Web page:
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October 23, 2012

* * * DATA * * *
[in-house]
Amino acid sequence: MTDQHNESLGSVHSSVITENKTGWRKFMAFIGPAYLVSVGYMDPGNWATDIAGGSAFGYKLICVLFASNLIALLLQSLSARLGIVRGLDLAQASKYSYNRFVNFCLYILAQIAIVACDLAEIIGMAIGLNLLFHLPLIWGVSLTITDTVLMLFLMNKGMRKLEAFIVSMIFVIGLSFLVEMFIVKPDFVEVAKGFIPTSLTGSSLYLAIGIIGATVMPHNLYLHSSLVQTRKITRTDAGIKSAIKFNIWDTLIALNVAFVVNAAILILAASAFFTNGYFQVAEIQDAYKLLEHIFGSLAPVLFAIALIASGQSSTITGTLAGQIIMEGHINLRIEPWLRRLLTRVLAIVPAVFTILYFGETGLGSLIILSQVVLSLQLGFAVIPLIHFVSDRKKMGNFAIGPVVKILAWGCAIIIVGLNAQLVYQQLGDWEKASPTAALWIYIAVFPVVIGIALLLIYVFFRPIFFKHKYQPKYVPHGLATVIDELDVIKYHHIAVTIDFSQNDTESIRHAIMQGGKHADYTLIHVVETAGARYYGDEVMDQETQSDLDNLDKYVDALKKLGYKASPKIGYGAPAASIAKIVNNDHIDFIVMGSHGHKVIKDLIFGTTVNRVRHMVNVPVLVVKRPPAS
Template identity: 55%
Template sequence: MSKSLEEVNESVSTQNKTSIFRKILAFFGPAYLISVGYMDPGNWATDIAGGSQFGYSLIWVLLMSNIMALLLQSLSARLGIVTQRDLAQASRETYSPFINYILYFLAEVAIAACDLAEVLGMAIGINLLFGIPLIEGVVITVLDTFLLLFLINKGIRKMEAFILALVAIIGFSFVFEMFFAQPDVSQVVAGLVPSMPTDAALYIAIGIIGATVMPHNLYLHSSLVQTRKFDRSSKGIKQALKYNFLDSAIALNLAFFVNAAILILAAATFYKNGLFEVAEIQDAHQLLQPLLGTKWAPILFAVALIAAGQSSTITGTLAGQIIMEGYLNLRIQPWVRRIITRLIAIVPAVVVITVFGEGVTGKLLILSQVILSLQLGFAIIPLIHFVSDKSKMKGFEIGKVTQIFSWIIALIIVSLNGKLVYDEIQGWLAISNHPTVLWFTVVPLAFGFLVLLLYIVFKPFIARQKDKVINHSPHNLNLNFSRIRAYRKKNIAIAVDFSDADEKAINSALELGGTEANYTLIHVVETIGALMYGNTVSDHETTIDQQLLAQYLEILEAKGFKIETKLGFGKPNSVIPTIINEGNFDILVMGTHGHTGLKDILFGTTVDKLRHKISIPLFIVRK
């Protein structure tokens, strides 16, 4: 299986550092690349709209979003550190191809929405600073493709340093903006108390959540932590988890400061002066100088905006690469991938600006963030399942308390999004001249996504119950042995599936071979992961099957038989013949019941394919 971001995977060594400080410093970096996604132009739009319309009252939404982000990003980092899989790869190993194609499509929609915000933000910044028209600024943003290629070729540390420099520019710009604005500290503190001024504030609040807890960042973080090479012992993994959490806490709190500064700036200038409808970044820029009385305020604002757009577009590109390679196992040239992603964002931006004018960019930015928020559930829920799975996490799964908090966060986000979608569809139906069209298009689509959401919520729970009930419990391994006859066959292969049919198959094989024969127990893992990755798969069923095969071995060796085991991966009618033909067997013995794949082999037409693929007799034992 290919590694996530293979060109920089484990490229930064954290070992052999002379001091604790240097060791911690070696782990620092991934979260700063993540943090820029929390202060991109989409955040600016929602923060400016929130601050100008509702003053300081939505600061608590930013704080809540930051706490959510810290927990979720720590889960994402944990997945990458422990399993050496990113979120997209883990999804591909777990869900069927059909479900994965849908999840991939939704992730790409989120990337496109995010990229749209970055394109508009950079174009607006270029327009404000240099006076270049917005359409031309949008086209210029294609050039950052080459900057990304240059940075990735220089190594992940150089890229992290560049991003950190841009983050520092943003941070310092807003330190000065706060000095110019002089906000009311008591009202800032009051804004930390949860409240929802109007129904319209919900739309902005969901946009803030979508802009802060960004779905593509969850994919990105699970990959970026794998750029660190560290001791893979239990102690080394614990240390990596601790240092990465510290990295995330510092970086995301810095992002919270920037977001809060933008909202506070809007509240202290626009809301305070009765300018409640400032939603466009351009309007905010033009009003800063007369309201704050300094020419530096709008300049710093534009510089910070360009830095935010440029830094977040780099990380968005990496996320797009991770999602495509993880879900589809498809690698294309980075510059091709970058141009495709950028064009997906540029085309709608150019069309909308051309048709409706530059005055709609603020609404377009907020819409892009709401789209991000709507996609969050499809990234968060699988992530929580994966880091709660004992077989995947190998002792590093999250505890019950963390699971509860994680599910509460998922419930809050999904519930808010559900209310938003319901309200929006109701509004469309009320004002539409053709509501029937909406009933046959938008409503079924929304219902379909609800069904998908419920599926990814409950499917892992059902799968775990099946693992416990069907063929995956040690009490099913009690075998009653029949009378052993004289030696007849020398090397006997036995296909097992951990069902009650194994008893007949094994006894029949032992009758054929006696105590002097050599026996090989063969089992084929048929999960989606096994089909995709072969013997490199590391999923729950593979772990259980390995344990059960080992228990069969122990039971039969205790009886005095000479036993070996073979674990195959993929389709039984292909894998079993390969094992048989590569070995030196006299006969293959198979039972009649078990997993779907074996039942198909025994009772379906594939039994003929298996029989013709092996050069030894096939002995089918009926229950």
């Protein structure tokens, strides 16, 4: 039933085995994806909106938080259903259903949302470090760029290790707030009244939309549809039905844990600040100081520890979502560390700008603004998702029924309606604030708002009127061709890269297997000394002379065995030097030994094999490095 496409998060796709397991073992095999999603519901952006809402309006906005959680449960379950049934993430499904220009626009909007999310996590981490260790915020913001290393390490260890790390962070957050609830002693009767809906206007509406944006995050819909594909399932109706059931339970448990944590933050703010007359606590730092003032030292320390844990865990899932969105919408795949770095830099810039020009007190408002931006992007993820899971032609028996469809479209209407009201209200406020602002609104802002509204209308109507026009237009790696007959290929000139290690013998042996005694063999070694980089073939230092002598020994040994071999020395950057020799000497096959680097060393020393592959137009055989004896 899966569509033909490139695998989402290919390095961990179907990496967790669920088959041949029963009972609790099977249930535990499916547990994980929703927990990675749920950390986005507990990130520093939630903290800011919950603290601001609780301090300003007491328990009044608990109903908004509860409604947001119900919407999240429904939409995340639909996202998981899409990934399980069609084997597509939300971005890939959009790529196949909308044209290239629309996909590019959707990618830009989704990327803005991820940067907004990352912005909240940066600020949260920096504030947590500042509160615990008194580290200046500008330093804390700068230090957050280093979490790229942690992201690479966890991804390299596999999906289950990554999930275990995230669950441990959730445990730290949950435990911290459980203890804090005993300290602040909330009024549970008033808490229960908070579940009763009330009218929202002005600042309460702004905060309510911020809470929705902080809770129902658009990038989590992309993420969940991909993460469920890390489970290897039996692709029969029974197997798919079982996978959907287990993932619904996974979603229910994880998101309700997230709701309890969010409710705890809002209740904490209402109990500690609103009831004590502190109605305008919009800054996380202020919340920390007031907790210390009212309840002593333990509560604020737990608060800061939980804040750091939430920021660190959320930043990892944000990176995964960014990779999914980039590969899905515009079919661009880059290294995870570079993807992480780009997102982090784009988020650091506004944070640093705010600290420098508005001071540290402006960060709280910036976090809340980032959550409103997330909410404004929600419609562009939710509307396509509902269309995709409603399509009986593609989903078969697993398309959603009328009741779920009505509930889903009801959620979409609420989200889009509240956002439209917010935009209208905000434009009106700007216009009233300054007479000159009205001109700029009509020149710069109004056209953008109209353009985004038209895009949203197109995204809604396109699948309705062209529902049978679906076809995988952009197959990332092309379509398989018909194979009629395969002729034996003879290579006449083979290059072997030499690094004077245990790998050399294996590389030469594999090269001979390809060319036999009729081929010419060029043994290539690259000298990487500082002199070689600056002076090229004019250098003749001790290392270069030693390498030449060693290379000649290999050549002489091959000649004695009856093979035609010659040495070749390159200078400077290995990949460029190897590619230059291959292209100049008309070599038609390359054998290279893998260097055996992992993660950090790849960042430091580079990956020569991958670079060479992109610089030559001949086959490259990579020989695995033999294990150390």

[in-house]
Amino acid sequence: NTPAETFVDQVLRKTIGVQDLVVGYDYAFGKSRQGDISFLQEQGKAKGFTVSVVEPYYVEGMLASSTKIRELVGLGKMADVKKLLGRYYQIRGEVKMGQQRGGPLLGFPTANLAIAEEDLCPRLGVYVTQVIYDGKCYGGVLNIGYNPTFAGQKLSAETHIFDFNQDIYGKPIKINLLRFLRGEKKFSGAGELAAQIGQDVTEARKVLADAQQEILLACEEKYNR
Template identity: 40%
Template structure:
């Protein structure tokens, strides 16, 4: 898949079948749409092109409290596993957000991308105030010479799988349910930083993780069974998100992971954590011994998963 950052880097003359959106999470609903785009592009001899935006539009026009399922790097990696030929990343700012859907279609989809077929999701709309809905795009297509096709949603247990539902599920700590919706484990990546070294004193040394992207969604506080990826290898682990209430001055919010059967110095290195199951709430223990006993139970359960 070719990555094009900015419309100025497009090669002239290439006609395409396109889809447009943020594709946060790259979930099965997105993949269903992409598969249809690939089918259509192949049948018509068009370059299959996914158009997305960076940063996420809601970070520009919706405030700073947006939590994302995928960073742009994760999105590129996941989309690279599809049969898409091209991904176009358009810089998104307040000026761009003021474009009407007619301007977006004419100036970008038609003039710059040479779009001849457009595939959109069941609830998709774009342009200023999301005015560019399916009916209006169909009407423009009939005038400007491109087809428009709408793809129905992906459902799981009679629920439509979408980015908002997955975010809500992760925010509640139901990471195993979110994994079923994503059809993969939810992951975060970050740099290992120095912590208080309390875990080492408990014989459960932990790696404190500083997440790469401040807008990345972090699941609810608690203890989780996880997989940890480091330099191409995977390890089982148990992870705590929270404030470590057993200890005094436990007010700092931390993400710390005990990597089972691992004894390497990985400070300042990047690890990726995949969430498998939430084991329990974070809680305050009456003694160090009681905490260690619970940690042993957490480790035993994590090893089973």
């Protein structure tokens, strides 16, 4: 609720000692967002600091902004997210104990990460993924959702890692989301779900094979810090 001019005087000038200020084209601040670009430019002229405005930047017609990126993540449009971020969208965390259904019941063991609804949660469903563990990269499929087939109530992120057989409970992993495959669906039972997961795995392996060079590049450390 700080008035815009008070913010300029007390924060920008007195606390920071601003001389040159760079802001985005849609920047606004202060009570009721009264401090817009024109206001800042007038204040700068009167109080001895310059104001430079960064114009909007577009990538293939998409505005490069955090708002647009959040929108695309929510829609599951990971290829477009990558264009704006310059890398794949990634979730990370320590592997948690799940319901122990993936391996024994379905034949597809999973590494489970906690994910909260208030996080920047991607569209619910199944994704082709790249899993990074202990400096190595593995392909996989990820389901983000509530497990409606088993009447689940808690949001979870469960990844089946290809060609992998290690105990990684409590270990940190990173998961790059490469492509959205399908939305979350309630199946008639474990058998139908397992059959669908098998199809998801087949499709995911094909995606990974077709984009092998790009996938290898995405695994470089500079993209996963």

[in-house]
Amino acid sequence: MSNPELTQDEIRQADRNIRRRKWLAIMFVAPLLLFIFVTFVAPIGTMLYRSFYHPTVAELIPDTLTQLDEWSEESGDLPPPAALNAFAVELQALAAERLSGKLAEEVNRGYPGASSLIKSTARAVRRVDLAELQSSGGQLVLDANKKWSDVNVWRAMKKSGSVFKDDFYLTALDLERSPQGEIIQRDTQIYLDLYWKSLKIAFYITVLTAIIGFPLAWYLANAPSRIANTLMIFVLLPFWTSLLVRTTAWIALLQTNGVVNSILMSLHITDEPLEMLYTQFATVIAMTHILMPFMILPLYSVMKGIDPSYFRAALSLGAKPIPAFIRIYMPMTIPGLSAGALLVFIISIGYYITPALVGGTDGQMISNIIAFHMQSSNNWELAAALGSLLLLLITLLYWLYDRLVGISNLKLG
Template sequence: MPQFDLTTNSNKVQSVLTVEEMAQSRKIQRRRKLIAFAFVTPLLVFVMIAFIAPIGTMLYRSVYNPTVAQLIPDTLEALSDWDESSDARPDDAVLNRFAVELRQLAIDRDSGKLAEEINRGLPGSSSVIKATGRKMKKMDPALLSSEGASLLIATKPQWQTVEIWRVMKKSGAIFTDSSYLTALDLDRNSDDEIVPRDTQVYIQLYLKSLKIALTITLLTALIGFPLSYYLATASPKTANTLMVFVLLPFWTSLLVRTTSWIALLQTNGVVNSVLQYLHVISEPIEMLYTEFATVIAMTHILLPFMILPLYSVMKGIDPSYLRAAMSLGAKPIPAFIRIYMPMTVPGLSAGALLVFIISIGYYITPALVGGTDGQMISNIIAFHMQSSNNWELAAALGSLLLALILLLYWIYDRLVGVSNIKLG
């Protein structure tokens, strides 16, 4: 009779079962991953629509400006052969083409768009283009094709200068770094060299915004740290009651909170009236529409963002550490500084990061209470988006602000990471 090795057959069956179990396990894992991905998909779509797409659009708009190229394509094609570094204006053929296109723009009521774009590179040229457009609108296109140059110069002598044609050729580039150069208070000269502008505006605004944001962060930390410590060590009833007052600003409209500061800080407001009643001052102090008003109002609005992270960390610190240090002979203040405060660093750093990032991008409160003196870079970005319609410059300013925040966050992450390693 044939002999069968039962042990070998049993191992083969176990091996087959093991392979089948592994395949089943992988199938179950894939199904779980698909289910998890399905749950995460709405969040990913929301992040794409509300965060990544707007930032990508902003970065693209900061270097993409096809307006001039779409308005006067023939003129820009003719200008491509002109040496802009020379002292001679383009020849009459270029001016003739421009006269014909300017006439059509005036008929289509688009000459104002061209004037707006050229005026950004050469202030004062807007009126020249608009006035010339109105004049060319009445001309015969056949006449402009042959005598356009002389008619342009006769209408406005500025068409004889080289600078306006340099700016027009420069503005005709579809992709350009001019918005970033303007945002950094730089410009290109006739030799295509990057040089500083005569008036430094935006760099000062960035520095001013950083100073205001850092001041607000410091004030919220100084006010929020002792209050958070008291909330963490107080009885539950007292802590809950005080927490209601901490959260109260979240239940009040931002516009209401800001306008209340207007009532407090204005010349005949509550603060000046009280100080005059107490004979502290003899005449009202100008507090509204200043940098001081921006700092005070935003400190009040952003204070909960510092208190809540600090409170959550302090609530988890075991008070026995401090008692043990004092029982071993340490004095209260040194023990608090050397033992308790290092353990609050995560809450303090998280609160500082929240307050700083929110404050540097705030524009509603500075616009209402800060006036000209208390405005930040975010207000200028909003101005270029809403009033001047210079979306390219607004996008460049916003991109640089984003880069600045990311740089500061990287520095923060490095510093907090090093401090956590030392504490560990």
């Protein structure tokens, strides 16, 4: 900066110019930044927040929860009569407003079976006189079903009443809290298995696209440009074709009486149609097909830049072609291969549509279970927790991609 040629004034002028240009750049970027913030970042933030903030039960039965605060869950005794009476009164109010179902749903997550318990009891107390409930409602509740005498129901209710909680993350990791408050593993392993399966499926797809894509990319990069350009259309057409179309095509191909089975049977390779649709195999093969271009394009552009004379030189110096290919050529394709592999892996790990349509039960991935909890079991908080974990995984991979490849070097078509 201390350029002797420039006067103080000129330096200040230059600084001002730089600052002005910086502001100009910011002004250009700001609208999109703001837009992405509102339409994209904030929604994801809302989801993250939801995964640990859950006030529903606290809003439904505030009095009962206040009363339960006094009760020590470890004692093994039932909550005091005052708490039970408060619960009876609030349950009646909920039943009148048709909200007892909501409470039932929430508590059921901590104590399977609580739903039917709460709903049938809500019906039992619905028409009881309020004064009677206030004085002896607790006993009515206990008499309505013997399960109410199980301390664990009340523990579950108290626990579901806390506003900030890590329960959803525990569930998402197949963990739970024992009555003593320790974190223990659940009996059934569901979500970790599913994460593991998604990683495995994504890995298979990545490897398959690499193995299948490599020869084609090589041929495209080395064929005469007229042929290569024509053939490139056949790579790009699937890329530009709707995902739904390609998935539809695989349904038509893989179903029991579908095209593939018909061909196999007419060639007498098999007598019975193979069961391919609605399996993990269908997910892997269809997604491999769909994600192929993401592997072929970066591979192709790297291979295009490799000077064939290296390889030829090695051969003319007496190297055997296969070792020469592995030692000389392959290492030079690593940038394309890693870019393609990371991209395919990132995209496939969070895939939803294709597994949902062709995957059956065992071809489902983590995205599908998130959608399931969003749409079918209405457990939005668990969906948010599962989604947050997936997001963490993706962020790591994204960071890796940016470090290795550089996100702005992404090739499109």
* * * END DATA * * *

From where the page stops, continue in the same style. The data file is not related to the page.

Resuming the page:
A hovering tobacco hawk moth (Sphingidae: Manduca sexta). The moth's wings beat about 25 times a second and considerable deformation of the wings occurs during certain phases of the wing stroke. (Note the S-shaped deformation of the left wing in this picture). Based on previous studies on insect flight, researchers assumed that insect wings are relatively rigid as they flap. But research by Andrew Mountcastle, a doctoral student in biology at the University of Washington (UW), used high-speed digital imaging to show that, at least for some insects, wings that flex and deform--similar to what happens to a heavy beach towel when you snap it to get rid of the sand--are best for staying aloft. "The evidence indicates that flexible wings are producing profoundly different air flows than stiff wings, and those flows appear to be more beneficial for generating lift," said Mountcastle. Mountcastle used particle image velocimetry, a technique commonly used to determine flow velocities in fluids, to study how air flowed over the wings of the tobacco hawk moth. The method combined laser light and high-speed digital video to model air flow. Credit: Armin Hinterwirth, University of Washington


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